As part of the National Oceanography Centre’s (NOC) commitment to Equality, Diversity and Inclusion (EDI), Dr Alice Marzocchi, and Dr Eleanor Darlington are championing the National Environment Research Council (NERC) funded FindAScienceBerth project, alongside project lead Dr Anna McGregor from the University of Glasgow, and co-collaborators from the British Antarctic Survey (BAS).
The project will run for six months, in which time the team will develop tools to build a transparent system to advertise available berths on scientific expeditions. The project team hope this will open up more opportunities for early career researchers and technicians, particularly supporting traditionally excluded groups, breaking down barriers for conducting fieldwork in marine science.
Reflecting on the importance of science berth opportunities, the NOC’s Dr Alice Marzocchi, one of the co-leads of FindAScienceBerth, and a case study for the background of the project proposal, said: “Gaining shipboard experience is extremely valuable for early career marine science researchers, including myself. I did my MSc at the University of Southampton in 2011 and for my dissertation I worked with scientists from the NOC, which led to a fantastic opportunity later on to join a research expedition, which was quite a lucky and unique opportunity as it would have been rather difficult for me to join such an expedition through my PhD network. With the FindAScienceBerth project, we aim to open up these opportunities more broadly, going beyond fortuitous connections and existing personal networks that are not equally available to everyone.”
Berths for scientists on research ships are often in short supply, with participation often limited to specific networks within the discipline, which can be a limitation for those pursuing careers in marine science. Although berths can be at a premium, there are other occasions where the ships may sail with free berths still available, for example where sampling requirements on an expedition are at a maximum, but do not require a large number of scientists to complete. In order to explore this, the project team conducted an analysis of expedition reports from the NOC’s British Oceanographic Data Centre (BODC), which discovered that at least one expedition per year had less than 65% occupancy of science berths between 2010 and 2020. Therefore, capacity already exists to increase the number of opportunities available to gain marine science experience.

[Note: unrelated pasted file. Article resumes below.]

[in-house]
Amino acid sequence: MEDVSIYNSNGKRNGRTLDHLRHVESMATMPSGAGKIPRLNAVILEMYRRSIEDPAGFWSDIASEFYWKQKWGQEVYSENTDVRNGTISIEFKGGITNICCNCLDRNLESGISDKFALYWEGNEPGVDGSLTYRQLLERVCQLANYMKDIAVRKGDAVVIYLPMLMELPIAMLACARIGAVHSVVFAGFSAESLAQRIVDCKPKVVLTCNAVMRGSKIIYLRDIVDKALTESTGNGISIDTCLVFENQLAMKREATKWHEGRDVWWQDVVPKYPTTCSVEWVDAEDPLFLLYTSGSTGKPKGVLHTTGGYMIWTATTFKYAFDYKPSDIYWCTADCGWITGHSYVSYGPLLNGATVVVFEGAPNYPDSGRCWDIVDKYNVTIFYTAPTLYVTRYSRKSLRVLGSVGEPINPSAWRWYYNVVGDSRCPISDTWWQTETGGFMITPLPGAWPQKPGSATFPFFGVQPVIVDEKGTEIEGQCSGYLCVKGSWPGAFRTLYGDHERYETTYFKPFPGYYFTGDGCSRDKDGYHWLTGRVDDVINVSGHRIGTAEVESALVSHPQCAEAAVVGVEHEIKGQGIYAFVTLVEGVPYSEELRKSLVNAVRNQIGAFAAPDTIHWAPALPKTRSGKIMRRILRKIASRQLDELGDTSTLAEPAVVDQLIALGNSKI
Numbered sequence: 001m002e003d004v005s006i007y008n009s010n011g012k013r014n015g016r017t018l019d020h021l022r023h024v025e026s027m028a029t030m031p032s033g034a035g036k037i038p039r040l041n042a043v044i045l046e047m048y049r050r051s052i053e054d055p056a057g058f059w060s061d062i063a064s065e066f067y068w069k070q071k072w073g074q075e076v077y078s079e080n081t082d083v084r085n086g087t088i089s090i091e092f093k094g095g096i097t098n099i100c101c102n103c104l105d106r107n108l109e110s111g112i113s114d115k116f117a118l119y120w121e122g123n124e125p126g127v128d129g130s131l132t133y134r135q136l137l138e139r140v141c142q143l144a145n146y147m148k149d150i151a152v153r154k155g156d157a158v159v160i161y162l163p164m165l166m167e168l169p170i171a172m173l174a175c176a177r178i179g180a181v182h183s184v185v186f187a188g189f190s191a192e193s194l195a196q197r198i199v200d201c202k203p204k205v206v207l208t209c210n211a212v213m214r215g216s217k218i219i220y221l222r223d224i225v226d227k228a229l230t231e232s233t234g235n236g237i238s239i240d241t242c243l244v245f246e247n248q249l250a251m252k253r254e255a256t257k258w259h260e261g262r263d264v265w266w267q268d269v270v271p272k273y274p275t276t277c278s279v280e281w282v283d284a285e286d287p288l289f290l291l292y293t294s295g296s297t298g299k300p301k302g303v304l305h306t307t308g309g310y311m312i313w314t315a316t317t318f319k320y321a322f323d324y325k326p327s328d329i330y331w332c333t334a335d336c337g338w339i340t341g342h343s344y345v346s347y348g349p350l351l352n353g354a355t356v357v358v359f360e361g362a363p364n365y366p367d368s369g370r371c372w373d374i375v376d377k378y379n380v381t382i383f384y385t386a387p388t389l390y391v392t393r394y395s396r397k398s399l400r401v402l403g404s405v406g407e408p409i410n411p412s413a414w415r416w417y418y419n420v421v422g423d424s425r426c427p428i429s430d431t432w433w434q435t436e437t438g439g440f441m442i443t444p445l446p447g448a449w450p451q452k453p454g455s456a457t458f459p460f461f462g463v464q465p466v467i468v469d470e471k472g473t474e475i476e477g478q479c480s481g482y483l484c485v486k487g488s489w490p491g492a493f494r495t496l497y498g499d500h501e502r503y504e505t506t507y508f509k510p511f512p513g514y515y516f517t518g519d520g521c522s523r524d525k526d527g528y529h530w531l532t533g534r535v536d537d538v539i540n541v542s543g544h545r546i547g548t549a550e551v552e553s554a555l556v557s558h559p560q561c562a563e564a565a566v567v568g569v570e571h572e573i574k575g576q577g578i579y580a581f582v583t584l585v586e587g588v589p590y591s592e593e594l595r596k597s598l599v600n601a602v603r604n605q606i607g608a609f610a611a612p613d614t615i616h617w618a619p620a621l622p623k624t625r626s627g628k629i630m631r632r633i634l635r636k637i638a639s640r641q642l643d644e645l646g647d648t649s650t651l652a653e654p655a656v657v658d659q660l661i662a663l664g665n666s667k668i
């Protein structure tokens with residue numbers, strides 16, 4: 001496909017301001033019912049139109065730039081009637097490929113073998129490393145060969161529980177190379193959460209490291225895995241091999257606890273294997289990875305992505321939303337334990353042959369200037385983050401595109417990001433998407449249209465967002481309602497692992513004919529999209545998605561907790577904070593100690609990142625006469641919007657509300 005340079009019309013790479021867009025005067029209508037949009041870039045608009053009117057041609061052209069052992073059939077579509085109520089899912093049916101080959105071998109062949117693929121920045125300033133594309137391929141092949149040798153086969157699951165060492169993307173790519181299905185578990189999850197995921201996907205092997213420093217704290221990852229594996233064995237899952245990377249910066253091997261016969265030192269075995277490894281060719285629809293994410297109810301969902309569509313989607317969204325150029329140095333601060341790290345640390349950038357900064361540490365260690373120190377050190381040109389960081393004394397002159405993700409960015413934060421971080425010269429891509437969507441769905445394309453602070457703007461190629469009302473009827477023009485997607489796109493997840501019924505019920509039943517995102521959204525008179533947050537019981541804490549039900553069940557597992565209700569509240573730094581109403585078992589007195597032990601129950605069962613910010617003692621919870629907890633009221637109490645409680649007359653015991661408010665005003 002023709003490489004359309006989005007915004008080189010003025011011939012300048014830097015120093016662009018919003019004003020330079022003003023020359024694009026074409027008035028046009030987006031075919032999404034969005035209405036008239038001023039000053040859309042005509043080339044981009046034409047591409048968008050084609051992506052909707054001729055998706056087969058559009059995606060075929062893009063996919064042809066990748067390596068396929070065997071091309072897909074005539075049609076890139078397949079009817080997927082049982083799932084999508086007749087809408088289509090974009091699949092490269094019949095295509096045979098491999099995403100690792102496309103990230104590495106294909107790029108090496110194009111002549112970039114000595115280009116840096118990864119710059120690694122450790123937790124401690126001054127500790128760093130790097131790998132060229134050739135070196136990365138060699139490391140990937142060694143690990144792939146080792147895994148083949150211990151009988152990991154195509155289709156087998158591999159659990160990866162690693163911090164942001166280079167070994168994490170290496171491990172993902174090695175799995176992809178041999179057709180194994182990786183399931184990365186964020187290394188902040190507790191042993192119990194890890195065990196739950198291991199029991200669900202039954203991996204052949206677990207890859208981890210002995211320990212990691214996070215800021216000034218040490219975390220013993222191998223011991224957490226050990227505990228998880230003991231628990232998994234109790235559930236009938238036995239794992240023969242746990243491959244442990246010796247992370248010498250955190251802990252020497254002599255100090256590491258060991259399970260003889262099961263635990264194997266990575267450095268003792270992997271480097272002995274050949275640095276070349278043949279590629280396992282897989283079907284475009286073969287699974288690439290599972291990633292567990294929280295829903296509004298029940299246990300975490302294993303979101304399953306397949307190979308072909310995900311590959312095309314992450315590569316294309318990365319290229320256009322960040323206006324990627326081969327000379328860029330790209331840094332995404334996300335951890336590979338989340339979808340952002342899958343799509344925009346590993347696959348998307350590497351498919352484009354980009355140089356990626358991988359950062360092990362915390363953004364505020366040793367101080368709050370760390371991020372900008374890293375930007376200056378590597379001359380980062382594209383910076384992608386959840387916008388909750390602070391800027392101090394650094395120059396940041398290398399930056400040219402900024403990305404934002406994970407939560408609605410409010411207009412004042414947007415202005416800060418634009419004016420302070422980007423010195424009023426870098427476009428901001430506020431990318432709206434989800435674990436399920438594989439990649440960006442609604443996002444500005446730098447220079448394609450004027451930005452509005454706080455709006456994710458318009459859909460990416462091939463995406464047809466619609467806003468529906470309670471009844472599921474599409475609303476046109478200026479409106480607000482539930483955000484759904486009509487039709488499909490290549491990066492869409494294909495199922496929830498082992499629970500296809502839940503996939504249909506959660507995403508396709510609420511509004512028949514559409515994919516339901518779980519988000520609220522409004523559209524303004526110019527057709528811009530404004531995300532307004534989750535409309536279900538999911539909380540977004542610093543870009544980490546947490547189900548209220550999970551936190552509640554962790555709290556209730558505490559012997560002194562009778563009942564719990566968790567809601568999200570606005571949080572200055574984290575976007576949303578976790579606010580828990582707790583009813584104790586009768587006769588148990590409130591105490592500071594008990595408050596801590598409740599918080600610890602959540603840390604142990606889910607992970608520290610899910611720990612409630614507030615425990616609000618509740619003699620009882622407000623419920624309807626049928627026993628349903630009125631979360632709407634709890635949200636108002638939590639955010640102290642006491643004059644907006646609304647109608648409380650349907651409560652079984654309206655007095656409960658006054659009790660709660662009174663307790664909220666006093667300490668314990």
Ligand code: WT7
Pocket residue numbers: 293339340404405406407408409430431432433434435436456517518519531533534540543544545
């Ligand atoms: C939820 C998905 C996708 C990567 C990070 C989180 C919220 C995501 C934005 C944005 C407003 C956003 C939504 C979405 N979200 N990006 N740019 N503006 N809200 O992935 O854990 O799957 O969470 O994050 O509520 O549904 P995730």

In order to ensure these opportunities are not lost going forward, the FindAScienceBerth project, which is part of the NERC EDI Digital Sprint Project, will see the development of a tool in the Marine Facilities Planning (MFP) website. The NOC’s Dr Eleanor Darlington, who will be overseeing this part of the project, said: “The tool will be integrated into the existing comprehensive planning process and will draw on up-to-date information on free berths, and advertise to those who may have been previously unaware of the opportunities. The MFP is widely used internationally by research ship operators; the tool will be available for other operators to use, expanding the projects reach.”
The project will also include the development of a transparent and inclusive application process, which will better utilise available berths on existing scientific research expeditions, keeping EDI at the heart of the project.
With the FindAScienceBerth project developing tools and practices for the selection and inclusion of the candidates, other programmes are available to further help early career scientists with on-board opportunities. One such programme is the Fellowship scheme for Early Career Researchers (ECR), available under the NOC-led CLASS project, which recently announced it had resumed following a suspension due to Covid-19. The scheme supports extended visits to NOC and SAMS and aims to support the career development of ECRs.
This endeavour supports the NOC’s commitment to improving equality, diversity and inclusion within marine science. Find out more about our people commitments.